A train runs on the Yamanote line in Tokyo. Photo: WIKIPEDIA
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JR East to bring forward last train departures on 17 lines in Tokyo

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Instead of having ‘normal trains’ where it possible to take a seat, JR still wants to continue packing people in to maximize discomfort for the passenger and profit for the company....

16 ( +19 / -3 )

Hotels near train stations may see their business pick up as people who’ve missed their last train home will check in for the night.

13 ( +15 / -2 )

East Japan Railway Co said Wednesday it will bring forward last train departure times on 17 lines in the Tokyo metropolitan area by up to some 40 minutes from next spring, as late-night passengers continue to decline amid the coronavirus pandemic.

Ok, so let's think about this a moment, passengers are down NOW, but you are going to wait until next SPRING to implement this?

24 ( +27 / -3 )

Manga Cafes are going to see an increase in business from next Spring....

9 ( +9 / -0 )

Before Corona, I missed my last train 90%.

Because of overwork and over-drinking at the Girls Bars.

But during these days, thanks to Corona, I never miss my last train.

Sometimes Corona does good things too...

But 40 minutes forward, that is a lot!

0 ( +8 / -8 )

I predict that next spring there will also be an uptick in the number of bicycles that move all by themselves across parts of Metro Tokyo... of course late at night.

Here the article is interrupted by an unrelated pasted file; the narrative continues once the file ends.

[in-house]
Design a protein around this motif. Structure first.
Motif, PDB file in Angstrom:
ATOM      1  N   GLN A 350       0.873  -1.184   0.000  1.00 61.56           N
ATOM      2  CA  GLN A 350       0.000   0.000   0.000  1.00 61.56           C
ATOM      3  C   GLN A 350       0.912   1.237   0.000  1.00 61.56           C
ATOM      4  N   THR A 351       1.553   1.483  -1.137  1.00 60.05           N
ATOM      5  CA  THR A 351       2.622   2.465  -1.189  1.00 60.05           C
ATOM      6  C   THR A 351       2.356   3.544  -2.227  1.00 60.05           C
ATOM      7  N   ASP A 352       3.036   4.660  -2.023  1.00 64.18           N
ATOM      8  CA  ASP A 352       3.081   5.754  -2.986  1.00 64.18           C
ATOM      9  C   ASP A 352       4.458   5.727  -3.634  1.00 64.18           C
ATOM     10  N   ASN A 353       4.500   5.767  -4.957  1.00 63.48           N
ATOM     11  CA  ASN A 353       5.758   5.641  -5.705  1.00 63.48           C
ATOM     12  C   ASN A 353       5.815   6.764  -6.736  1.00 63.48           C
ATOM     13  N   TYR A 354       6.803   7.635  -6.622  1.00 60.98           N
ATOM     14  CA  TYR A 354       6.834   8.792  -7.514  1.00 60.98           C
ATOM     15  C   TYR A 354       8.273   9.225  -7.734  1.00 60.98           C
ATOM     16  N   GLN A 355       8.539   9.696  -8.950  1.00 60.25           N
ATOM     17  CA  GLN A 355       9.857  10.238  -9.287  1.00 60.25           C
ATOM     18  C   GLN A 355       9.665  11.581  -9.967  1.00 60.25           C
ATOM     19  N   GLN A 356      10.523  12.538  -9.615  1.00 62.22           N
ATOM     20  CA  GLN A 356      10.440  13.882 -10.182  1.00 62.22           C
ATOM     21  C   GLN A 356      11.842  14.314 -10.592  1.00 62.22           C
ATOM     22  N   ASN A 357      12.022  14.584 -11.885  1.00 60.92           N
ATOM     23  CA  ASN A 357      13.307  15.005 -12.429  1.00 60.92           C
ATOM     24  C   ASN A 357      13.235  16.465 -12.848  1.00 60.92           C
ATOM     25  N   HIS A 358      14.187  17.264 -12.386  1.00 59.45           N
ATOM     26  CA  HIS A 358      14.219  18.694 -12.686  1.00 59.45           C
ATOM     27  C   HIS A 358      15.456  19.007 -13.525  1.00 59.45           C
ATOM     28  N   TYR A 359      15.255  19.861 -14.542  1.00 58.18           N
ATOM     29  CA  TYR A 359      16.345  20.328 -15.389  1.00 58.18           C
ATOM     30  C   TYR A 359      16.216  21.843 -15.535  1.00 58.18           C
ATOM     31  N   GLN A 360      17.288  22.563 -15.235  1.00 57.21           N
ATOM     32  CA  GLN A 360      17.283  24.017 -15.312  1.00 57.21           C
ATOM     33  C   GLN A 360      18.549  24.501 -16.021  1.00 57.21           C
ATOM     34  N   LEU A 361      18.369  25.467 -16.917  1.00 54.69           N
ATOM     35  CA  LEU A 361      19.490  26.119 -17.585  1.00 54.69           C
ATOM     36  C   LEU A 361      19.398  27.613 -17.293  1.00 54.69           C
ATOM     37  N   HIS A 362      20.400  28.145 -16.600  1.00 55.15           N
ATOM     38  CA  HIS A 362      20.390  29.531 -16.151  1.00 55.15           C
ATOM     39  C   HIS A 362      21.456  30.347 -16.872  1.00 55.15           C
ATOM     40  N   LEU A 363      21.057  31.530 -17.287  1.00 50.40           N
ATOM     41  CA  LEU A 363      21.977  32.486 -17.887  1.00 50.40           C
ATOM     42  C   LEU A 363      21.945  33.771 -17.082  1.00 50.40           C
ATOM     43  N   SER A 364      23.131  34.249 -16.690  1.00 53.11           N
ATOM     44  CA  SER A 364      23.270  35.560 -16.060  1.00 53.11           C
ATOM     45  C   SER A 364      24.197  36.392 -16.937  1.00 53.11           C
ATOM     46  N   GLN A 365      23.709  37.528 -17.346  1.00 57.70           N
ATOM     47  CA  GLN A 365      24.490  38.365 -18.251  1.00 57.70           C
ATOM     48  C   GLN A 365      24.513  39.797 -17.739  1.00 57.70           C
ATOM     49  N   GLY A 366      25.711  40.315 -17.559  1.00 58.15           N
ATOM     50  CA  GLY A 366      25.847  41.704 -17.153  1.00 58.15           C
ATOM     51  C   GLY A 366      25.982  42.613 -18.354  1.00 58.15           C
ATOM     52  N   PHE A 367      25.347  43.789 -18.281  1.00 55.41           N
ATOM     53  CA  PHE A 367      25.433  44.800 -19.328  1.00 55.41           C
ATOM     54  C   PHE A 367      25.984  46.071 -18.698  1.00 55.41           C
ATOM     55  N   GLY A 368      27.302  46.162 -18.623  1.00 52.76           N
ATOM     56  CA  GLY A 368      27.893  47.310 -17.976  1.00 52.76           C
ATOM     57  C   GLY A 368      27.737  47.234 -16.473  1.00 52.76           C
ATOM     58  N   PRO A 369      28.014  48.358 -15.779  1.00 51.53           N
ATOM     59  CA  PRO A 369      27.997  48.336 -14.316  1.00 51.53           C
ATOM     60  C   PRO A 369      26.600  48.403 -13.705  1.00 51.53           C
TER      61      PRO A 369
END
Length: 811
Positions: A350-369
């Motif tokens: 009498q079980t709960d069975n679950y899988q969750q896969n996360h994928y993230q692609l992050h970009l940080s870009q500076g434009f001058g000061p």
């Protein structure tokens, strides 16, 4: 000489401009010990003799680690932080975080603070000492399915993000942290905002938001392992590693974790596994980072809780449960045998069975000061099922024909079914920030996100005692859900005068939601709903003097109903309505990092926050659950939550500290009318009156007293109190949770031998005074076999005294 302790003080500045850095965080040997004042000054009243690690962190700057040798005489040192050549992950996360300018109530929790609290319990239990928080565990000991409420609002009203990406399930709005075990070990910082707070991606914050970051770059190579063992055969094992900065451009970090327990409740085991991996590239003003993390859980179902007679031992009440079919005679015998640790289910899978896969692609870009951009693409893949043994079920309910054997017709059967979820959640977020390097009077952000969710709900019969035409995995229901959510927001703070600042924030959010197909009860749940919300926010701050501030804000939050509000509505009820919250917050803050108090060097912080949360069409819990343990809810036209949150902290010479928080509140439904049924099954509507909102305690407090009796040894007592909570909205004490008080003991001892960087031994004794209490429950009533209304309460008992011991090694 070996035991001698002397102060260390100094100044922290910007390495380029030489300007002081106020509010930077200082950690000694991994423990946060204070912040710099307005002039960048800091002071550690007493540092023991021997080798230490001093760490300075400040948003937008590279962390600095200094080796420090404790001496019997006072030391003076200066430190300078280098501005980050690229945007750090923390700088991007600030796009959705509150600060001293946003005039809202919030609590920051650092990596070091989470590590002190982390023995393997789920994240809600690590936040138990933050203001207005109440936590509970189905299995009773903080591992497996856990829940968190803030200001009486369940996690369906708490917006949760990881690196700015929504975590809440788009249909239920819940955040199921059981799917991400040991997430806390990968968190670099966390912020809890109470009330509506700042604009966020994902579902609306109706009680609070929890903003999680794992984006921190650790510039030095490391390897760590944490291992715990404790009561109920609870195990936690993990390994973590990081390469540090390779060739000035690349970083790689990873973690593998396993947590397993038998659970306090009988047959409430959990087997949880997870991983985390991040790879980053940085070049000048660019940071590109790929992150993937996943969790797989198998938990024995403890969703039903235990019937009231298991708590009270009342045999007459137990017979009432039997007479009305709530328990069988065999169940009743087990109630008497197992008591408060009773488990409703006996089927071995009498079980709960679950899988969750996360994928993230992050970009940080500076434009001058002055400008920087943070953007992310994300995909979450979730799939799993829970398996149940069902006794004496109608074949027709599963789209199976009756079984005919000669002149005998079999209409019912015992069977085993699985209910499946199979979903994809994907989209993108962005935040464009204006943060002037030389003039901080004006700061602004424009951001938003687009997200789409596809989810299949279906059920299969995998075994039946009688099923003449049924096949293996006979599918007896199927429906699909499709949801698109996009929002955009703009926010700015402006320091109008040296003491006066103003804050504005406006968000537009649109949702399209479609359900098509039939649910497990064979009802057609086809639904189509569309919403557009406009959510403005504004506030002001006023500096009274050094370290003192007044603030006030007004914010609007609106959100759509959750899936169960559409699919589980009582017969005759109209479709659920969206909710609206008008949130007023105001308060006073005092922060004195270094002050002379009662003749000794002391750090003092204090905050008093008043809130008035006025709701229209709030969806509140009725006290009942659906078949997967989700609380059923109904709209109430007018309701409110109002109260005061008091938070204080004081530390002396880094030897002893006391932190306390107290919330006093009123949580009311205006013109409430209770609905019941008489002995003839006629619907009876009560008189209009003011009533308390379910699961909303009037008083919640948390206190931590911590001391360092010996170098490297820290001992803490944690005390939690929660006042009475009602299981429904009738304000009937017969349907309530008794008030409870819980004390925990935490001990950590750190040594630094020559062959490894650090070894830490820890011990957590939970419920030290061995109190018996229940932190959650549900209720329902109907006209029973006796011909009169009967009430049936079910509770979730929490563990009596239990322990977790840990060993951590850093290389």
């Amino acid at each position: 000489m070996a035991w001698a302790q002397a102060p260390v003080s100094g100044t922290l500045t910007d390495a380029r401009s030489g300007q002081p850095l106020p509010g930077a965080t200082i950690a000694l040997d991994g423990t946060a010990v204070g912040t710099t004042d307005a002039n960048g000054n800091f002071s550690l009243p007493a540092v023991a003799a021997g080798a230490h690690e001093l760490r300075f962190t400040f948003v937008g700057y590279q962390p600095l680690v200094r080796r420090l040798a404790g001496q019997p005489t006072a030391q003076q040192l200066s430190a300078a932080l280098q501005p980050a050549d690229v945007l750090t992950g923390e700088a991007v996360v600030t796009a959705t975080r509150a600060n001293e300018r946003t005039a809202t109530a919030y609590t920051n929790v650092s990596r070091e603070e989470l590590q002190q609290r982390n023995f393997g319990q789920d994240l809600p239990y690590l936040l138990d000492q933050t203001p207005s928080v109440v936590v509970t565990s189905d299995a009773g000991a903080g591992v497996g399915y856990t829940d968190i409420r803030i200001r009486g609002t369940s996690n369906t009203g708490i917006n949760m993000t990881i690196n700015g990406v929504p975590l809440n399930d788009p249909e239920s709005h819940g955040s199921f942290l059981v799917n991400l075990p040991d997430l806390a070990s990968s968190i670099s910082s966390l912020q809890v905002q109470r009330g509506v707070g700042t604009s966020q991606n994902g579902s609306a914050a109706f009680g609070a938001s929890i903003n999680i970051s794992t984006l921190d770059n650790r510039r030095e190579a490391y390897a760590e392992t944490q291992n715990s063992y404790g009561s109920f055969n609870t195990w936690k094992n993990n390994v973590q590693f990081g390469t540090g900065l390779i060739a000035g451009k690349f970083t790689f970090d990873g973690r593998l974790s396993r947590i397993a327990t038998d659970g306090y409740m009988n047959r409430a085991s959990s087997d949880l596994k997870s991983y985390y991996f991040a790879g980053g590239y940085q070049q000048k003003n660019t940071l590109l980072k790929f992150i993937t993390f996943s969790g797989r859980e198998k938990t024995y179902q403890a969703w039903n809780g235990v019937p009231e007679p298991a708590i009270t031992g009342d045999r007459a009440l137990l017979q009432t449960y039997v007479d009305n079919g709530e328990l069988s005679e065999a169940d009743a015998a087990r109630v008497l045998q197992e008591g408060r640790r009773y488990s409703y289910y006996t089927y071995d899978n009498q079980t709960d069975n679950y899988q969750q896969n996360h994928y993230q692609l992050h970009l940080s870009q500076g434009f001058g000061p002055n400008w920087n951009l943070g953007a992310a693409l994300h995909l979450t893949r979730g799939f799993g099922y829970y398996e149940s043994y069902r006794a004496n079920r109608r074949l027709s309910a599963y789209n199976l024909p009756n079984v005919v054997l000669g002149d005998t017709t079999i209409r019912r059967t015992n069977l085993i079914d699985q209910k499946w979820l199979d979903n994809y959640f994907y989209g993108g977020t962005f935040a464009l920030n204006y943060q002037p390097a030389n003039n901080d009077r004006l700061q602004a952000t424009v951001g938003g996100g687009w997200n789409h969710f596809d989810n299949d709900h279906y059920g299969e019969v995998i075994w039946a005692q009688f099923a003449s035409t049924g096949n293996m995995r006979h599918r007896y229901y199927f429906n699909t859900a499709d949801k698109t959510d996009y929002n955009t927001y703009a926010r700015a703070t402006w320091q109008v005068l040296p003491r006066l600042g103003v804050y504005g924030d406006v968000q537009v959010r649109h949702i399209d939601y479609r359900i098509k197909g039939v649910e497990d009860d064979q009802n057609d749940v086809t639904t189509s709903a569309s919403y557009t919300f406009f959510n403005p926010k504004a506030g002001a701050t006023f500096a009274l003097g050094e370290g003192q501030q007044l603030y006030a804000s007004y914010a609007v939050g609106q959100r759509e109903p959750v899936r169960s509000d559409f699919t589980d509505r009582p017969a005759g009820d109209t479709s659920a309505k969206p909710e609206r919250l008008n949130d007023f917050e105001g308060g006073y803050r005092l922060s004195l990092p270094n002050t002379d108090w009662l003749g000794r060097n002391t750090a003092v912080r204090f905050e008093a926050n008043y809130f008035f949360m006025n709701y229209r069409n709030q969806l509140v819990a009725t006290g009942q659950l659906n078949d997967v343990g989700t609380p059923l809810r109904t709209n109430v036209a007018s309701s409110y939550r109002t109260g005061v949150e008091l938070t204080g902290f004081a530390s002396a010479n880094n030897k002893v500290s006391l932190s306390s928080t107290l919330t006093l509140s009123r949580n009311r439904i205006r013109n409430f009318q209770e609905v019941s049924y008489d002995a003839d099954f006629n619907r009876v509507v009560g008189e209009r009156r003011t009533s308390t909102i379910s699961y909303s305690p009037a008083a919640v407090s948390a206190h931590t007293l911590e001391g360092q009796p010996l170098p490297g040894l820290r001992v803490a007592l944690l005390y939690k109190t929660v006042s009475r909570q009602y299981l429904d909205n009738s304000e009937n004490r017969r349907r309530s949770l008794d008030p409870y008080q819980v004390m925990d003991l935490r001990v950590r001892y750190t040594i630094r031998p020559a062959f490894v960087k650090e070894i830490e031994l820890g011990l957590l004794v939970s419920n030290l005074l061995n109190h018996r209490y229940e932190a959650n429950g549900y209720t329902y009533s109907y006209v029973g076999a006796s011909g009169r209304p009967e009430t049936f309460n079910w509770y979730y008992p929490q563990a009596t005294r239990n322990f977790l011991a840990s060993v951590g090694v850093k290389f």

7 ( +7 / -0 )

"Demand for the services will not return (to pre-coronavirus levels) even after the pandemic ends," he said at the time.

What, how did they conclude that? I'm pretty sure demand will be there for late night trains post-covid..

8 ( +9 / -1 )

"Demand for the services will not return (to pre-coronavirus levels) even after the pandemic ends," he said at the time.

I guess that means even during the Olympics, things won't go back to normal. Good news for the taxi companies at least.

10 ( +10 / -0 )

@Monty

ow you get to save money, go home and talk with your wife more-fantastic

-1 ( +4 / -5 )

"Demand for the services will not return (to pre-coronavirus levels) even after the pandemic ends,"

So you want people to pay through the nose for Olympic tickets, jump through hoops and pay premium prices for flights, risk death by COVID and endure heatstroke in late July, then not be able to get back to their hotels at night?

Yeah, that's a pretty flexible definition of Omotenashi you have there.

Count me out.

Just scrap this nonsense. It's not going to happen. Skip to 2024 and reset.

8 ( +8 / -0 )

People like me in the outer 'burbs depend on those last trains to be able to attend professional development events and network in the evening, and generally make it home from work in other parts of the country.